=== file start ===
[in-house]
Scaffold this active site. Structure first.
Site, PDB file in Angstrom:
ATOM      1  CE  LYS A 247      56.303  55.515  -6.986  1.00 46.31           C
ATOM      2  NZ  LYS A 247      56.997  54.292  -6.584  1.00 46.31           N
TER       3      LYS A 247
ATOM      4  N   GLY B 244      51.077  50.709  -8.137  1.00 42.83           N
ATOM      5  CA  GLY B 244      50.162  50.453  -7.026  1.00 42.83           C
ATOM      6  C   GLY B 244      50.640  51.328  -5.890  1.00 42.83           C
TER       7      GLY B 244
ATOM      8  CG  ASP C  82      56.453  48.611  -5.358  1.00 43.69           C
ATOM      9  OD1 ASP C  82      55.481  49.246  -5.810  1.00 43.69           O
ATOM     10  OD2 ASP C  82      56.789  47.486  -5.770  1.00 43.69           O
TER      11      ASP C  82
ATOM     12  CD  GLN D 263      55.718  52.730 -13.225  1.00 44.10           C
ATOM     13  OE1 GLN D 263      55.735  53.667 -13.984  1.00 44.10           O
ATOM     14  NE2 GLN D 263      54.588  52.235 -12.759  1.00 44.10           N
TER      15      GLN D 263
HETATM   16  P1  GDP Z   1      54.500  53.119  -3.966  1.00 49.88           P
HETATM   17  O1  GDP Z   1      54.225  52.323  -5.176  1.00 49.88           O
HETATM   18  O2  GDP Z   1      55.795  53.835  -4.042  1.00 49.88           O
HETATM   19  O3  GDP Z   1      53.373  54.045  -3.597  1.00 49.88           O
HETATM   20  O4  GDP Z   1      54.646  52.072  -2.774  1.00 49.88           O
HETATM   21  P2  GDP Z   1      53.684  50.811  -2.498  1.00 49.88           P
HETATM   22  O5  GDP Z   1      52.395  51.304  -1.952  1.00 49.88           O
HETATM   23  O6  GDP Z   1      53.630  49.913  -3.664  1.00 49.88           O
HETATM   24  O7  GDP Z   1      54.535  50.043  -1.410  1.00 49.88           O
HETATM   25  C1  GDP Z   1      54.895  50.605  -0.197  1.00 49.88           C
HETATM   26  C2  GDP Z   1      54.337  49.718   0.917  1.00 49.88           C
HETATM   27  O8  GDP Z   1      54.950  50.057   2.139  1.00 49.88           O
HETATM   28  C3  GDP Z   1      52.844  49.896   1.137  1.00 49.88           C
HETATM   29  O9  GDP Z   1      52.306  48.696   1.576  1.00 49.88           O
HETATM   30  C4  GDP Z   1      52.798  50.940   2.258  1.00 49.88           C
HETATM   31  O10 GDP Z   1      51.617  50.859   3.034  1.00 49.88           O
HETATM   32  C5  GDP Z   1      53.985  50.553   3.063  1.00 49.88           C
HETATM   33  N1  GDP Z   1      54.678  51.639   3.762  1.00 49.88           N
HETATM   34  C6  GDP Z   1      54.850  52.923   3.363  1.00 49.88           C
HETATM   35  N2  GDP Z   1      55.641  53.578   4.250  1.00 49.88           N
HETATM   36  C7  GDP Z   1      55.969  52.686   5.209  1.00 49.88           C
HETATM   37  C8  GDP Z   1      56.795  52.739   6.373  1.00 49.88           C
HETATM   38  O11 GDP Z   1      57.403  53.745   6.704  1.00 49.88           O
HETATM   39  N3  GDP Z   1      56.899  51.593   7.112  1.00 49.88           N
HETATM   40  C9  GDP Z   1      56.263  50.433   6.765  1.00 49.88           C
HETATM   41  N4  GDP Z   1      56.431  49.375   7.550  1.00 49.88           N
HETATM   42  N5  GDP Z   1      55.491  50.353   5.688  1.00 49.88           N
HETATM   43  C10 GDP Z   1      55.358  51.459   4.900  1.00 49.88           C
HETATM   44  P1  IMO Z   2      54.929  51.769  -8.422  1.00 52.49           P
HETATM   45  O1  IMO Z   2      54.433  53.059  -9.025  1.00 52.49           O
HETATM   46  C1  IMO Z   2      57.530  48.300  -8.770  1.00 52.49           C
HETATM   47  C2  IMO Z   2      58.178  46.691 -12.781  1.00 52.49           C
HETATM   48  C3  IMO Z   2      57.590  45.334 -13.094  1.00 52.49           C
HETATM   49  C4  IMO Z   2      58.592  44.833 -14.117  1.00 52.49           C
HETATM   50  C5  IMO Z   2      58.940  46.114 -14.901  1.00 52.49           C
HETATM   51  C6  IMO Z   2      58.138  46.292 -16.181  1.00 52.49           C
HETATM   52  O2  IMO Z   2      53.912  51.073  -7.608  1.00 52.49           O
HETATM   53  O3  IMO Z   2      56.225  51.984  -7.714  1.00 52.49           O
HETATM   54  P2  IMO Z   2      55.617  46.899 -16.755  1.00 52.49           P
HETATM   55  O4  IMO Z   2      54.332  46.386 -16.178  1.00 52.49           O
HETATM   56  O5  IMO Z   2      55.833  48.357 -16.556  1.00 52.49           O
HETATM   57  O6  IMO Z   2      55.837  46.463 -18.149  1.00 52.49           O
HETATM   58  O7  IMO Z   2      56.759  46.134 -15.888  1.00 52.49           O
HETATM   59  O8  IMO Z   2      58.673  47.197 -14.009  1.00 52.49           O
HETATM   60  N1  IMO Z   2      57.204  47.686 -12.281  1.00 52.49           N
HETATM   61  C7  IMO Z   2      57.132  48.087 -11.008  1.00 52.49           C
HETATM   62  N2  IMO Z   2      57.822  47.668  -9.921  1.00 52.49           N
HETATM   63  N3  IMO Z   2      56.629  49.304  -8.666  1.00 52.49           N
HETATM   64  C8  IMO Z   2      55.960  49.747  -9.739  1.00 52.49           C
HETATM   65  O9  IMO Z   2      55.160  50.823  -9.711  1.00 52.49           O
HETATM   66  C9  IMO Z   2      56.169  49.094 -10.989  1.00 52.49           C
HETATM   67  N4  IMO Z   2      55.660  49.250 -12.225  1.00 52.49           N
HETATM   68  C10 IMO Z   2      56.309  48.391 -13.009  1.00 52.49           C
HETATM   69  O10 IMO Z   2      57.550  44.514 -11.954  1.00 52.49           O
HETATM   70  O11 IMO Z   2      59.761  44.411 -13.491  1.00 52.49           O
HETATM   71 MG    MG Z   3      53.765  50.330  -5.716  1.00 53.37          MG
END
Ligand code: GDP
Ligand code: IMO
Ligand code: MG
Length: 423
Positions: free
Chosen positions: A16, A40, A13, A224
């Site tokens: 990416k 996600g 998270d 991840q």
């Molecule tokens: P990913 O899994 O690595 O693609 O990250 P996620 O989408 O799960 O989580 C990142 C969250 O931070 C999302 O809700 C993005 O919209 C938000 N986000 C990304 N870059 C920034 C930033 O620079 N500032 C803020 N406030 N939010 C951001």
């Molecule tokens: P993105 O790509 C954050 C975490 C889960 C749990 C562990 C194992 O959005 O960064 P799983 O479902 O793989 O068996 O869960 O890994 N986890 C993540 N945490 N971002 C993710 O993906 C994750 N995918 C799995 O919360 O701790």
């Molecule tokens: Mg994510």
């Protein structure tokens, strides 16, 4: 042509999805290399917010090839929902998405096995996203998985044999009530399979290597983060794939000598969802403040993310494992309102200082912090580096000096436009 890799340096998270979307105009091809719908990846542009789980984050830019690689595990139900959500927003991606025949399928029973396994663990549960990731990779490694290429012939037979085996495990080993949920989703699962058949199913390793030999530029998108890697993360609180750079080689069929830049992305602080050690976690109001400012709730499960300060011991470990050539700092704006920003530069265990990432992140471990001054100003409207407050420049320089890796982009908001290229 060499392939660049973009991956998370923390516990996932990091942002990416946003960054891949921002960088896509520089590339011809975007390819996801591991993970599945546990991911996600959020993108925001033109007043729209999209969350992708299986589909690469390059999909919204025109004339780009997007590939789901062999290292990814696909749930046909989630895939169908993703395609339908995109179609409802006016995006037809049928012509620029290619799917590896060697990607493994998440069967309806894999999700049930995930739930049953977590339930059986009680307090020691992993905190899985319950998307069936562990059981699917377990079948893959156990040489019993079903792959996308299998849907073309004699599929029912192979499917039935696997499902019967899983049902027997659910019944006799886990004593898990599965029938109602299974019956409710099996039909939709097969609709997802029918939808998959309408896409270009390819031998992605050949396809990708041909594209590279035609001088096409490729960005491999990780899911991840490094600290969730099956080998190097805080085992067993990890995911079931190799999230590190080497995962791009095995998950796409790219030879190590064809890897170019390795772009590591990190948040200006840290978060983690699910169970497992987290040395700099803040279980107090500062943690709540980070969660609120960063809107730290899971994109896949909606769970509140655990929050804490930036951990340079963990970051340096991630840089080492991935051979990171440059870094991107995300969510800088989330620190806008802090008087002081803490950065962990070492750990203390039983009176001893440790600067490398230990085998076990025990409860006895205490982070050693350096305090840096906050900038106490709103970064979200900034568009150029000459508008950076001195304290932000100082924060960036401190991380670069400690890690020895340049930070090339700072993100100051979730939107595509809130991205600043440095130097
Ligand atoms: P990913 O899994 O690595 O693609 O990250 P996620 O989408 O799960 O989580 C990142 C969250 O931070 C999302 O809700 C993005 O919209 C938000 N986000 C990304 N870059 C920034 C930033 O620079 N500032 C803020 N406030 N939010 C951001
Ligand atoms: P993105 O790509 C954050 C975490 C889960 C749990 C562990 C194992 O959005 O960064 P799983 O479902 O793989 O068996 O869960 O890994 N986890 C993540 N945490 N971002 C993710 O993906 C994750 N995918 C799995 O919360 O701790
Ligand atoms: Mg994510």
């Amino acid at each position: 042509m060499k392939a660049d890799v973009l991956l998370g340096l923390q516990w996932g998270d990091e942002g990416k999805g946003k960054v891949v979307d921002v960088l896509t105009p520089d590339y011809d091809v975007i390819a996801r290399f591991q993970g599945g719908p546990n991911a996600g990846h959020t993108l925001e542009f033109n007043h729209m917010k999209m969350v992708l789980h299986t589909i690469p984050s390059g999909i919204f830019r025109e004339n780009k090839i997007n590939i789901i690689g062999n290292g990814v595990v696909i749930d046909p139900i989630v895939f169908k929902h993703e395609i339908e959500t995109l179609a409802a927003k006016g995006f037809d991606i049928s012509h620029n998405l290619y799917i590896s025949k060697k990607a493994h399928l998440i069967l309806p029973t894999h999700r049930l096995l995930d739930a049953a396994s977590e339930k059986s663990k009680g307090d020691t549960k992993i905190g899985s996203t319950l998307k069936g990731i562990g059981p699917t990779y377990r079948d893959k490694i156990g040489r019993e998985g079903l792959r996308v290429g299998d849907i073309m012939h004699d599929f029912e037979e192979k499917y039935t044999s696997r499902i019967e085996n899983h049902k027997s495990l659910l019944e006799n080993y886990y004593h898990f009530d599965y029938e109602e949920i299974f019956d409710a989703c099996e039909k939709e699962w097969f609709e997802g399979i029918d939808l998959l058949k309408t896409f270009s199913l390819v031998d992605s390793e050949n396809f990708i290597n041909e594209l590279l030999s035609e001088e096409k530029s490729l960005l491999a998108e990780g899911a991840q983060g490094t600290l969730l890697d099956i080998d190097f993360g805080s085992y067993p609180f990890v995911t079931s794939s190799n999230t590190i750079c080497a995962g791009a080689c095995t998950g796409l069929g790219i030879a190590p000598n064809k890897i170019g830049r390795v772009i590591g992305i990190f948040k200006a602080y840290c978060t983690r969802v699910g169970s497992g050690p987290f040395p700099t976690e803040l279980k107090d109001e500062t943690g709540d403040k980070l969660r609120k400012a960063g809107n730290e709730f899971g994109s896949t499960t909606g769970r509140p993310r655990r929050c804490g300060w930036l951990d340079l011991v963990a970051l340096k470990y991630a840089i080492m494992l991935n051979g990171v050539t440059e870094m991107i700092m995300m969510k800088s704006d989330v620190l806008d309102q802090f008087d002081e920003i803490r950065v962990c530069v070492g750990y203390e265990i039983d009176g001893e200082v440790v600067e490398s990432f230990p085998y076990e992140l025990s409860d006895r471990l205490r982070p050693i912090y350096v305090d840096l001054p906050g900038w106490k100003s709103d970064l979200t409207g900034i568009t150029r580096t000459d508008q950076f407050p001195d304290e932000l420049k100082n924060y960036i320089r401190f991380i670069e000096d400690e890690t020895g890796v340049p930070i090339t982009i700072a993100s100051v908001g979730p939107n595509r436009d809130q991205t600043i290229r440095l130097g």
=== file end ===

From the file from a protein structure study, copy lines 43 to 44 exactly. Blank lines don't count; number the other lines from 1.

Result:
HETATM   40  C9  GDP Z   1      56.263  50.433   6.765  1.00 49.88           C
HETATM   41  N4  GDP Z   1      56.431  49.375   7.550  1.00 49.88           N